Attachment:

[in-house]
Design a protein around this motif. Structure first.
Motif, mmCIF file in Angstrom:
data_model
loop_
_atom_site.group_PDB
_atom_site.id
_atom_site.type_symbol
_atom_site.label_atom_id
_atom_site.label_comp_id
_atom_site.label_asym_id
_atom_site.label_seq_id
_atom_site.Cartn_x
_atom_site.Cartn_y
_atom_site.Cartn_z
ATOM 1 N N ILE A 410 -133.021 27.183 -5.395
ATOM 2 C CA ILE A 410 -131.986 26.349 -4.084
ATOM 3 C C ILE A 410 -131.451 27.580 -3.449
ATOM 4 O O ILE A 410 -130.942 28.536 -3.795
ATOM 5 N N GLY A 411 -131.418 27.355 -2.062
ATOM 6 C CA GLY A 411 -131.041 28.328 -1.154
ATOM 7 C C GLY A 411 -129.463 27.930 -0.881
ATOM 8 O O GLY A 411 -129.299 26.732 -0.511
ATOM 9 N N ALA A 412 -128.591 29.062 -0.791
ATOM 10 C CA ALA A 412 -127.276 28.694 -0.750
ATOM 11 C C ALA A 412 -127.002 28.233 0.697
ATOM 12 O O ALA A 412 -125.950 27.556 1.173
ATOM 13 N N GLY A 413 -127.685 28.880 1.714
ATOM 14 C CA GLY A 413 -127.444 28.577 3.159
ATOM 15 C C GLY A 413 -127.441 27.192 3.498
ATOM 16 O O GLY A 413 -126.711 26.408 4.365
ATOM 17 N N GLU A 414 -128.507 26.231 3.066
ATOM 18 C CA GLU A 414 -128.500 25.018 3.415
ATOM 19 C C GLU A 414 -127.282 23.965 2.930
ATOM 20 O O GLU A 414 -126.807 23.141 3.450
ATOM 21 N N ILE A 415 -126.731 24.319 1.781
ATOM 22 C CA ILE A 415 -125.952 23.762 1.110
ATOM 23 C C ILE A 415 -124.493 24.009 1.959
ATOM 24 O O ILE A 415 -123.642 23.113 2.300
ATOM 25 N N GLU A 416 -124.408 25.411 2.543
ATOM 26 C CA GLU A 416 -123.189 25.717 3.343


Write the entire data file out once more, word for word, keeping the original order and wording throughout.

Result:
[in-house]
Design a protein around this motif. Structure first.
Motif, mmCIF file in Angstrom:
data_model
loop_
_atom_site.group_PDB
_atom_site.id
_atom_site.type_symbol
_atom_site.label_atom_id
_atom_site.label_comp_id
_atom_site.label_asym_id
_atom_site.label_seq_id
_atom_site.Cartn_x
_atom_site.Cartn_y
_atom_site.Cartn_z
ATOM 1 N N ILE A 410 -133.021 27.183 -5.395
ATOM 2 C CA ILE A 410 -131.986 26.349 -4.084
ATOM 3 C C ILE A 410 -131.451 27.580 -3.449
ATOM 4 O O ILE A 410 -130.942 28.536 -3.795
ATOM 5 N N GLY A 411 -131.418 27.355 -2.062
ATOM 6 C CA GLY A 411 -131.041 28.328 -1.154
ATOM 7 C C GLY A 411 -129.463 27.930 -0.881
ATOM 8 O O GLY A 411 -129.299 26.732 -0.511
ATOM 9 N N ALA A 412 -128.591 29.062 -0.791
ATOM 10 C CA ALA A 412 -127.276 28.694 -0.750
ATOM 11 C C ALA A 412 -127.002 28.233 0.697
ATOM 12 O O ALA A 412 -125.950 27.556 1.173
ATOM 13 N N GLY A 413 -127.685 28.880 1.714
ATOM 14 C CA GLY A 413 -127.444 28.577 3.159
ATOM 15 C C GLY A 413 -127.441 27.192 3.498
ATOM 16 O O GLY A 413 -126.711 26.408 4.365
ATOM 17 N N GLU A 414 -128.507 26.231 3.066
ATOM 18 C CA GLU A 414 -128.500 25.018 3.415
ATOM 19 C C GLU A 414 -127.282 23.965 2.930
ATOM 20 O O GLU A 414 -126.807 23.141 3.450
ATOM 21 N N ILE A 415 -126.731 24.319 1.781
ATOM 22 C CA ILE A 415 -125.952 23.762 1.110
ATOM 23 C C ILE A 415 -124.493 24.009 1.959
ATOM 24 O O ILE A 415 -123.642 23.113 2.300
ATOM 25 N N GLU A 416 -124.408 25.411 2.543
ATOM 26 C CA GLU A 416 -123.189 25.717 3.343